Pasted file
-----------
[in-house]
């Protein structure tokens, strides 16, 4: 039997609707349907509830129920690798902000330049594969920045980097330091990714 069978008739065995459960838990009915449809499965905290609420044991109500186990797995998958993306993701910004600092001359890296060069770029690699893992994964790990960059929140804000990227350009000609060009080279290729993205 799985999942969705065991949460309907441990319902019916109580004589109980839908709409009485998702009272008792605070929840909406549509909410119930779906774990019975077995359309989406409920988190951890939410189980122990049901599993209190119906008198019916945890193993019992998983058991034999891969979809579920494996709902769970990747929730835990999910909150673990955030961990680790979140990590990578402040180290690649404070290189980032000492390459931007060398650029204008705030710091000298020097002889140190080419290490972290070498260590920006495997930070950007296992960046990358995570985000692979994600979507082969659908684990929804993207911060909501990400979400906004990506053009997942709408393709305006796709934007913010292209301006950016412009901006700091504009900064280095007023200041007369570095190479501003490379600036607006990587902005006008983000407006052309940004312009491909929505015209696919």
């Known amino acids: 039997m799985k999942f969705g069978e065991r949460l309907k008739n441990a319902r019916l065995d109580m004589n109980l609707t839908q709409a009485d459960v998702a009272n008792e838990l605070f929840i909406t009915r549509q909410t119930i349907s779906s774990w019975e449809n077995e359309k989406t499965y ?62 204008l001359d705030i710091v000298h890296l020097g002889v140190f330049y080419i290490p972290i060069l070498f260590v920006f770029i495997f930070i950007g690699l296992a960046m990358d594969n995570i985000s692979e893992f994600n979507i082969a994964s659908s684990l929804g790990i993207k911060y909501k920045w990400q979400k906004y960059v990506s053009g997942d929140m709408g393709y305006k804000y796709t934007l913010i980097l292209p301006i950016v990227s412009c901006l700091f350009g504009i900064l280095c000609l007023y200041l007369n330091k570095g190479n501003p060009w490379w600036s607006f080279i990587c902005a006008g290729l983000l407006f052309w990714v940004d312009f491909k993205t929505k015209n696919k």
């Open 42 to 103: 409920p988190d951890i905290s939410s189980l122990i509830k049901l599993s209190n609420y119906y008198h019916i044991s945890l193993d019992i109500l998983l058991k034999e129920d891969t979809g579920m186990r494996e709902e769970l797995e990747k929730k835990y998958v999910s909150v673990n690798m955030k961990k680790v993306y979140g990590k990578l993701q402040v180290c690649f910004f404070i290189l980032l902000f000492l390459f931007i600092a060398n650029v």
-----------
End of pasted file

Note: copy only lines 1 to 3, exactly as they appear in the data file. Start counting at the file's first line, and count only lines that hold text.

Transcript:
[in-house]
């Protein structure tokens, strides 16, 4: 039997609707349907509830129920690798902000330049594969920045980097330091990714 069978008739065995459960838990009915449809499965905290609420044991109500186990797995998958993306993701910004600092001359890296060069770029690699893992994964790990960059929140804000990227350009000609060009080279290729993205 799985999942969705065991949460309907441990319902019916109580004589109980839908709409009485998702009272008792605070929840909406549509909410119930779906774990019975077995359309989406409920988190951890939410189980122990049901599993209190119906008198019916945890193993019992998983058991034999891969979809579920494996709902769970990747929730835990999910909150673990955030961990680790979140990590990578402040180290690649404070290189980032000492390459931007060398650029204008705030710091000298020097002889140190080419290490972290070498260590920006495997930070950007296992960046990358995570985000692979994600979507082969659908684990929804993207911060909501990400979400906004990506053009997942709408393709305006796709934007913010292209301006950016412009901006700091504009900064280095007023200041007369570095190479501003490379600036607006990587902005006008983000407006052309940004312009491909929505015209696919």
């Known amino acids: 039997m799985k999942f969705g069978e065991r949460l309907k008739n441990a319902r019916l065995d109580m004589n109980l609707t839908q709409a009485d459960v998702a009272n008792e838990l605070f929840i909406t009915r549509q909410t119930i349907s779906s774990w019975e449809n077995e359309k989406t499965y ?62 204008l001359d705030i710091v000298h890296l020097g002889v140190f330049y080419i290490p972290i060069l070498f260590v920006f770029i495997f930070i950007g690699l296992a960046m990358d594969n995570i985000s692979e893992f994600n979507i082969a994964s659908s684990l929804g790990i993207k911060y909501k920045w990400q979400k906004y960059v990506s053009g997942d929140m709408g393709y305006k804000y796709t934007l913010i980097l292209p301006i950016v990227s412009c901006l700091f350009g504009i900064l280095c000609l007023y200041l007369n330091k570095g190479n501003p060009w490379w600036s607006f080279i990587c902005a006008g290729l983000l407006f052309w990714v940004d312009f491909k993205t929505k015209n696919k």